In that time I saw everything. From families who had likely saved all year to hire me as a treat for their kid, to lavish spectacles where I was one of several acts and felt lost in the shuffle. I was often paired with, or pitted against, some sort of inflatable structure. Some parents were engaged in the show, others used it as a time to grab a drink and chat with friends. That's how I once ended up being the only one to notice a bouncy house full of children tipping over and deflating. I sprinted across the yard and pulled eight kids out of the rapidly collapsing 500 pounds of PVC before anyone came to help out. Still, I realized I had it easy when I left a party with Batman and Buttercup the Power Puff Girl. When Batman got around the corner to his car he removed his rubber cowl and so much sweat poured out it looked like he had dumped a bucket of water over his head. The guy in the Buttercup costume didn't seem to be doing much better. By comparison my teased out half-fro and lab coat seemed like a blessing.
Even as I was doing it I couldn't believe that this was a thing. Hiring from our company wasn't cheap, and of course there were up-sells and add-ons on top of the base price. I was paid for each performance, plus tips, which I relied on. Whether I was treated like a star or an after thought I knew I wouldn't have a version of me at my kids' future parties. As much as I appreciated being able to pay my way through school on the wallets of these families I think it was a waste of money. Becoming a parent has only hardened my resolve. Parties at gyms, bouncy places, or climbing establishments run $250 and up in my area. No way my friend. I bristle at spending more than $50 for snacks, there's no way I'm buying trampolines and pizza for twenty.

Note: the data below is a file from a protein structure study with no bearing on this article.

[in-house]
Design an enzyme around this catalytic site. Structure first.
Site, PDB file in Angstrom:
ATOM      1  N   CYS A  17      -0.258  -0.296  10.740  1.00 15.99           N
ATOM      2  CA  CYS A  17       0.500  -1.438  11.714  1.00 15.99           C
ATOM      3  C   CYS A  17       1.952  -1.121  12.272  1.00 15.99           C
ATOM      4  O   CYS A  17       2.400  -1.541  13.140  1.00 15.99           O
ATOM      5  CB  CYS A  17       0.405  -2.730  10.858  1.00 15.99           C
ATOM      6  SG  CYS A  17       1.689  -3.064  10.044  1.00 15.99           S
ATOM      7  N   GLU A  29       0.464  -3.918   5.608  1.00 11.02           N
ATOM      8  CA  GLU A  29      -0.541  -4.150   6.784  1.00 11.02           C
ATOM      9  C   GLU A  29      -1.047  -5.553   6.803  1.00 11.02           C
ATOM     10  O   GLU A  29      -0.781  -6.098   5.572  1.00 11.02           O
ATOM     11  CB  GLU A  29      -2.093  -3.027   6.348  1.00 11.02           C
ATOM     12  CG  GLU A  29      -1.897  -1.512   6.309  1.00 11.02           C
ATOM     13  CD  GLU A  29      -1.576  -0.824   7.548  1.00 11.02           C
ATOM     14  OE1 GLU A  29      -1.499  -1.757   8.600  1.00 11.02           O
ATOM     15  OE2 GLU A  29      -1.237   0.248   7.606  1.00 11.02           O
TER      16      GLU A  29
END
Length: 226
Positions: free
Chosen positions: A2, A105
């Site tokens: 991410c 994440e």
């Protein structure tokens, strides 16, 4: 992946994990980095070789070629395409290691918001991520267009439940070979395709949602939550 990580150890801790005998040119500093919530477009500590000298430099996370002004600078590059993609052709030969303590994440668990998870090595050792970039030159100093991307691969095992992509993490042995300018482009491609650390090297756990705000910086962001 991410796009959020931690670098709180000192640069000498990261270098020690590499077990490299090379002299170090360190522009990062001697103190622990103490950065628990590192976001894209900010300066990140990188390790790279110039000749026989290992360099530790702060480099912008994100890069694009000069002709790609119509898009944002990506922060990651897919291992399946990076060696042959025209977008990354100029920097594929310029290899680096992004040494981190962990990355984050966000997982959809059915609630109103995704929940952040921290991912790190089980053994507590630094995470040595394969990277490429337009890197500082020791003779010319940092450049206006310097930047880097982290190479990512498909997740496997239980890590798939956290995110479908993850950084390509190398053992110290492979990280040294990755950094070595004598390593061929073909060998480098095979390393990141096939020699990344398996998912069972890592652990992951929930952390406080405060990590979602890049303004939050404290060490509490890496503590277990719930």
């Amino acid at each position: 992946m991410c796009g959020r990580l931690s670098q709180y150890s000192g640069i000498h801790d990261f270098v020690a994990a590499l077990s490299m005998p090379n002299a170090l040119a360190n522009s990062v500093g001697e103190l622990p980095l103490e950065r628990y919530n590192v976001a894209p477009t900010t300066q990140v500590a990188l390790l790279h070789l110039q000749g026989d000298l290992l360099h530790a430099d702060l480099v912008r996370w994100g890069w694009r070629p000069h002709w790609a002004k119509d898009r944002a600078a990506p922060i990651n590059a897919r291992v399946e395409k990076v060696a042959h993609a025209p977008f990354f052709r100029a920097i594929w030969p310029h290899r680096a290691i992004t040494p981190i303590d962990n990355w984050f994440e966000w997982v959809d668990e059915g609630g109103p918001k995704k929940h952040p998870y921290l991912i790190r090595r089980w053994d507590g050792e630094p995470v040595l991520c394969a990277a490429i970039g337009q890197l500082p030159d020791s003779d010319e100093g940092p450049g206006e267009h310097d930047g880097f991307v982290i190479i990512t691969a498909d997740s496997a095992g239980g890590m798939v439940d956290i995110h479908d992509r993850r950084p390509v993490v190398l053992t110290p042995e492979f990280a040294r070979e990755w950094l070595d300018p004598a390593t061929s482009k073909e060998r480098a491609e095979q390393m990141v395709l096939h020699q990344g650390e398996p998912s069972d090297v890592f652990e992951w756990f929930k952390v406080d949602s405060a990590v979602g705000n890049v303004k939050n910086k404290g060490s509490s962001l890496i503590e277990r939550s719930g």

I'm not a total party pooper. It's just that I still believe in the power of the old school parties we had growing up, at home. My two oldest children have birthdays five days apart. For them we have one party on the closest weekend to their birthdays. This way all their friends can come over and destroy my house once and I'm done for the year. For a couple years we prepared activities for the kids. Once our kids chose to perform a play for their guests. Over the years we've found that the activity is usually ignored in favor of just running around the house, or the yard (or the house and the yard). The last party involved half the guests grabbing light sabers and muskets and waging war on an imagined enemy, while the other half sang karaoke into a purse/boom box. Other times we've simply rolled some balls out in to the yard, or helped the kids make super hero capes. The point is, kids don't need a bunch of froo-frah to have a good time. All kids really need are some friends and enough space to roam around. And cake, kids go ape for that stuff. Our home and park based parties are enough. My kids have never asked for anything else.